And, finally, we’re onto a vital point. This innovation is something that concerns virtually every application on the market, since it would be no exaggeration to state that push notifications are used by every app nowadays. Notifications have moved to the History screen, and are now grouped by Threads, which make them appear much clearer and more controllable for the user. Each thread is represented by a stack or bundle of alerts. The application still has some control and may set a thread identifier for each notification.

The option to display custom rich content within notifications has already been around for a couple of years and is, sort of, in the same breath as Siri integration. Your app resembles one part of a whole ecosystem, seamlessly delivering some value to the user without requiring them to take unnecessary actions. You should simply undertake not to bother with too many notifications. Public research suggests that obsessive use of push notifications is the primary reason behind uninstalling of apps. But if you’re solving a user’s problem without forcing them to dig through the app, they’ll stay grateful and loyal.

  • Starting from iOS 12 we are able not only to show content inside a notification, but also to get instant feedback from the user via custom controls built into it. Therefore, notification alerts can offer a first-class user experience making use of your app-specific visual language.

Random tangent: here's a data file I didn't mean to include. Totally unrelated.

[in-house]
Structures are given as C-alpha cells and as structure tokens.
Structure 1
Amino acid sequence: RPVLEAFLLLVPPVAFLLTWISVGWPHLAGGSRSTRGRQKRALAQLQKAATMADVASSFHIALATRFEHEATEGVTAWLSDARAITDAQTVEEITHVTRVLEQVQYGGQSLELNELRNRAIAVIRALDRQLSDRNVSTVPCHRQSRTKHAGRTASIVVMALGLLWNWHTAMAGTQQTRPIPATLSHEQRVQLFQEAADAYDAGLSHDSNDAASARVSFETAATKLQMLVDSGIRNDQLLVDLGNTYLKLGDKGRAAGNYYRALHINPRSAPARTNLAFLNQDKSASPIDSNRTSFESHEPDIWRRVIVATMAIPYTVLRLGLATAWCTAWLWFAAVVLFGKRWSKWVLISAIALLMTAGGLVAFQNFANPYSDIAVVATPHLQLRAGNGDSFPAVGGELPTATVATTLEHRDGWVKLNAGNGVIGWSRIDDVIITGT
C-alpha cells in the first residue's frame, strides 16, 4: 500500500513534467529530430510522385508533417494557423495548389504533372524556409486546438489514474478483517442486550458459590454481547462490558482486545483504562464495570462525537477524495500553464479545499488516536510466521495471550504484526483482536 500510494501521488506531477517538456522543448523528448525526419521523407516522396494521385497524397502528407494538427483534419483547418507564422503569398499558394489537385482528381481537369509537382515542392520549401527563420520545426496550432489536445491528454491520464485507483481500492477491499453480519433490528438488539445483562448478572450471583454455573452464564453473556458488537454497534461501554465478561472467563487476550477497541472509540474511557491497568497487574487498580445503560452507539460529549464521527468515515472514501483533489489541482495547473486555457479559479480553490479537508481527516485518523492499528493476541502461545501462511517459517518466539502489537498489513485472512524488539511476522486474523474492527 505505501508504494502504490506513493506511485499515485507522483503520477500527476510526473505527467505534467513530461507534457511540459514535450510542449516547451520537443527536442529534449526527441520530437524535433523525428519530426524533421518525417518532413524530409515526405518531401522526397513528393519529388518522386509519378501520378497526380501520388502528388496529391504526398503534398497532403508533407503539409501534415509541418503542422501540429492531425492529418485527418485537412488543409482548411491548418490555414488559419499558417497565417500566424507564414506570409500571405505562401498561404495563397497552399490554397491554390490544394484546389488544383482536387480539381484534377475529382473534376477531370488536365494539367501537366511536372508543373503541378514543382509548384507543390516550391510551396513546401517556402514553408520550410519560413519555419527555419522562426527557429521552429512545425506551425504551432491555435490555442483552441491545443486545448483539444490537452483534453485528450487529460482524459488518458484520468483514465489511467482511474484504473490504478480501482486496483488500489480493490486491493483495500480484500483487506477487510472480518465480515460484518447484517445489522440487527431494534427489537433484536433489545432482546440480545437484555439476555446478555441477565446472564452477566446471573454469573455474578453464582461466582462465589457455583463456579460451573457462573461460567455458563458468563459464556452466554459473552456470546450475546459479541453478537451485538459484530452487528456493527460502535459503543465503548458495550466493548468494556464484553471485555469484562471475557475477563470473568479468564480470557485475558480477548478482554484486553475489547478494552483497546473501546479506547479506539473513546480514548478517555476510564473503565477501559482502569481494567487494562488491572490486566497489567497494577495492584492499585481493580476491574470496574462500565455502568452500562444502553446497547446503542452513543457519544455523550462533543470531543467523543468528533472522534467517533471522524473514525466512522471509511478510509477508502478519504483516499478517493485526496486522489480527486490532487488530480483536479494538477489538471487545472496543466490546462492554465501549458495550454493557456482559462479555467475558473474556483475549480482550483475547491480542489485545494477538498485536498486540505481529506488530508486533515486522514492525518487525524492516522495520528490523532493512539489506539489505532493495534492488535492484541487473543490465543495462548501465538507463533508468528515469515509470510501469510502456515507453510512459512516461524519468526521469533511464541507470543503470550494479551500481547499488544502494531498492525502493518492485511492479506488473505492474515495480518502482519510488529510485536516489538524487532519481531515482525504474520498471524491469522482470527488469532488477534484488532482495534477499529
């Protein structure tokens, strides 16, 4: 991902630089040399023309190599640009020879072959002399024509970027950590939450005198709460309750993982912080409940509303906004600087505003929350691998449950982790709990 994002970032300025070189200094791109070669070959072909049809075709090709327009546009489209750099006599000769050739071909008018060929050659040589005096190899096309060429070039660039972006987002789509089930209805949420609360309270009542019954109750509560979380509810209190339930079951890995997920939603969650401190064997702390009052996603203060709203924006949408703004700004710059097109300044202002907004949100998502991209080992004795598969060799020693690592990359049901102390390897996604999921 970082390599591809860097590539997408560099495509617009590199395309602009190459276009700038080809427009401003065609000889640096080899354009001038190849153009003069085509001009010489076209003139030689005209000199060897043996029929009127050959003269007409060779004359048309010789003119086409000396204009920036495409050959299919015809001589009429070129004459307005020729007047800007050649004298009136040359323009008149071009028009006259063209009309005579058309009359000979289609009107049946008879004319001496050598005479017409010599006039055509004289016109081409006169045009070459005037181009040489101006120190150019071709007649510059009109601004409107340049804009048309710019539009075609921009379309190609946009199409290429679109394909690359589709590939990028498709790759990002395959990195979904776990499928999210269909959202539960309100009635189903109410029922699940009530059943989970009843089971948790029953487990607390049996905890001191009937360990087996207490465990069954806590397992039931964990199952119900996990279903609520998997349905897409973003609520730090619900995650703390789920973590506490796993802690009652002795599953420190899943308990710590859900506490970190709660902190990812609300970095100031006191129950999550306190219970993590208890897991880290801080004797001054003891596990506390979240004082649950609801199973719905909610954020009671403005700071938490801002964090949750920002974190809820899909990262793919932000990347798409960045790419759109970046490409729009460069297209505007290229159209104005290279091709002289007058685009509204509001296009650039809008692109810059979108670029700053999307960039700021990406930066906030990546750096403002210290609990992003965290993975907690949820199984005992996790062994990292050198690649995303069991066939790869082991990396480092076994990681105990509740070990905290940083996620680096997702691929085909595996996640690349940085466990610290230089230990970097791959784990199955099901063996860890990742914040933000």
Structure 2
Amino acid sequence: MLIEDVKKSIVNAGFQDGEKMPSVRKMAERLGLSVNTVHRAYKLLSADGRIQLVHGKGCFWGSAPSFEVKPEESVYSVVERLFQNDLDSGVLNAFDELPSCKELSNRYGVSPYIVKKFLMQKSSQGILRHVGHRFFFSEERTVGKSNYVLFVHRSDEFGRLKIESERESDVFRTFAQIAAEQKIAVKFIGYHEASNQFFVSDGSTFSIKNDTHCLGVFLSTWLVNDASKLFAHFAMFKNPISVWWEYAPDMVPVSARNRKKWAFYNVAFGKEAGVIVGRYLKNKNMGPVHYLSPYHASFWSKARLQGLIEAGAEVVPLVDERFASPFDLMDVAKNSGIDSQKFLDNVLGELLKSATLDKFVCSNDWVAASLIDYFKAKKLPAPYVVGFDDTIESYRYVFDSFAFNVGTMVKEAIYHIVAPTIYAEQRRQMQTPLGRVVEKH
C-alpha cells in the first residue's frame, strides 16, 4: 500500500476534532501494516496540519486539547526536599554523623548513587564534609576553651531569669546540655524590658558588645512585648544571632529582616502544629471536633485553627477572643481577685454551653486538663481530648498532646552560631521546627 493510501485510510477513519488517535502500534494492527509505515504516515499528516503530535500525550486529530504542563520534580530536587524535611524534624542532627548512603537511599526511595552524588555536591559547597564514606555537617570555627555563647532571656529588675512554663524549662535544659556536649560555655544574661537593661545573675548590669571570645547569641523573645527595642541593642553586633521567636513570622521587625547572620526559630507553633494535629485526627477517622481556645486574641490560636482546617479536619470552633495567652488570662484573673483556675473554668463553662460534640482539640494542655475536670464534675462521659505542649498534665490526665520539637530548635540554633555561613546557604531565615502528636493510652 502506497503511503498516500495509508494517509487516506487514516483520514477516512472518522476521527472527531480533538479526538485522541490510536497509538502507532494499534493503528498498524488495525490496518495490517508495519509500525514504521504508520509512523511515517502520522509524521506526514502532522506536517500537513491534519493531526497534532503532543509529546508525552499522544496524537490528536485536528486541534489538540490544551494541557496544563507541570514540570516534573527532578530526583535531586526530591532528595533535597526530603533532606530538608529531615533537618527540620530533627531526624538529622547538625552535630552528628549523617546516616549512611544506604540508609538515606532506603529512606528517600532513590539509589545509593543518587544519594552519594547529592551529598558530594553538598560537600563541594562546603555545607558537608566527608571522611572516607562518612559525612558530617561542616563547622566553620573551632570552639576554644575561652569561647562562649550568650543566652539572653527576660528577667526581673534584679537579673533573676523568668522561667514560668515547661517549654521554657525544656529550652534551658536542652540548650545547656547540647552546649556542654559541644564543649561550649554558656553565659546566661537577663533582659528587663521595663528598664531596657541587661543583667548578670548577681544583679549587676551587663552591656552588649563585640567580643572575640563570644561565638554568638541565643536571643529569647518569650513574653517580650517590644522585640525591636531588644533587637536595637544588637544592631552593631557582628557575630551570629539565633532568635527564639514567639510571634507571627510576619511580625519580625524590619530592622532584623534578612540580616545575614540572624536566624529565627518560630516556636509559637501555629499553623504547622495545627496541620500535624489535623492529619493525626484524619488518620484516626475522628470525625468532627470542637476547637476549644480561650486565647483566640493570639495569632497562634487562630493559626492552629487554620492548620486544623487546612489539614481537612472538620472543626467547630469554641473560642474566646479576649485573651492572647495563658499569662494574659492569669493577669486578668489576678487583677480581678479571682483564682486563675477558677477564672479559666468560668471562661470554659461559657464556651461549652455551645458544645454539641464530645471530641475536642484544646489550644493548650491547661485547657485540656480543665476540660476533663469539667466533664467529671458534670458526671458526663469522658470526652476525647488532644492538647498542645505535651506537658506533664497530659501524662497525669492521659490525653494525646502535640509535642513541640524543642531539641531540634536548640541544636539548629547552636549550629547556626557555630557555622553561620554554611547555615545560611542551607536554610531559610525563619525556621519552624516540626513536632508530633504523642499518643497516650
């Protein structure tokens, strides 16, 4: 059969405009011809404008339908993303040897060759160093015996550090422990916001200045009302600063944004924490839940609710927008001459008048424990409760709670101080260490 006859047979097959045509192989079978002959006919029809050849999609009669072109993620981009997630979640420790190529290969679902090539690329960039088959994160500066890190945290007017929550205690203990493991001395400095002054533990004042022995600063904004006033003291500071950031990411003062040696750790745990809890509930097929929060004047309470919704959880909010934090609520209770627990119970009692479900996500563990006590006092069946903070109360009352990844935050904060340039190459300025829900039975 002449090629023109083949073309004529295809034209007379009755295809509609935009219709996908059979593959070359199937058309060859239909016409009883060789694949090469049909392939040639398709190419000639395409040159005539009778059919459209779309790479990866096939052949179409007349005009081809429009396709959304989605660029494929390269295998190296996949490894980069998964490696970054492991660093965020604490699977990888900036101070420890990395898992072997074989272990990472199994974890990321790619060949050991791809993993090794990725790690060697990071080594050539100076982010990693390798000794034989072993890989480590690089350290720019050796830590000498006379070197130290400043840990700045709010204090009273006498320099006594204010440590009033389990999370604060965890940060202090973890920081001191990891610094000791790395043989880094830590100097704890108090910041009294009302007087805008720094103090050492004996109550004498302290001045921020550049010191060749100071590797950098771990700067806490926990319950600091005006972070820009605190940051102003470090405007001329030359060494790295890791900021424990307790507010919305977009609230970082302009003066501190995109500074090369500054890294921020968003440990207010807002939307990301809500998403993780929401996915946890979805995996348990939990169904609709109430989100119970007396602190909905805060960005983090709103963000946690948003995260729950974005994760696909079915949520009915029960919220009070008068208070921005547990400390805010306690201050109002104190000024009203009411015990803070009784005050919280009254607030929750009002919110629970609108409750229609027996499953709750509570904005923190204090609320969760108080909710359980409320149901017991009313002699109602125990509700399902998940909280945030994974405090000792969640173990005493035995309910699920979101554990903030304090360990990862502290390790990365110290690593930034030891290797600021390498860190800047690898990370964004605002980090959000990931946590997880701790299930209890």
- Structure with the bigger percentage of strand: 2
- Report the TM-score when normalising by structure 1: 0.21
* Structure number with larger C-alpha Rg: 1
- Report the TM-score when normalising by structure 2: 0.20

The next new feature from iOS 12, which also concerns pushes, is the ability to silently deliver notifications before requesting a user’s permission. This way we can first make friends with the user and only afterwards ask them about showing alerts and banners. This seems to be a good opportunity for app developers to increase the amount of users who opt-in notifications. Before obtaining permission, the app receives notifications quietly into the History screen (previously known as Notification Center). To send prominent notifications, you still need the user’s permission…

… until you have the Critical Alerts feature enabled in the app. This is one more new entitlement, which may be given by Apple to those apps that deal with genuinely critical information, e.g. relating to healthcare. If an app has this entitlement, it may deliver notifications even in Do Not Disturb mode, or during Downtime. Downtime is a new way for the user to manage the level of distraction they enable for the phone.

There is also an Instant Tuning feature on the History screen, which allows notification permissions to be quickly toggled for each app individually. This provides significant power without forcing the user to deal with the entangled Settings app structure.


There is a strong correlation between the speed of adoption of new technologies and the success of an app. Each time there is something new in the system, users want to give the cool new features a try – and if you’re in a first wave, you have a good chance of being noticed. So, adopting early is a good strategy if you need to expand your audience.

These are only part of iOS12’s litany of new features you should take into account when planning your own app. Read more about the updates in our blog this week or just drop us a line to discuss these new opportunities with regards to your project.

Chief Product Officer
With a passion for innovation and a keen understanding of market trends, Alexander plays a pivotal role in shaping Magora's product development strategy and ensuring the delivery of cutting-edge solutions to clients.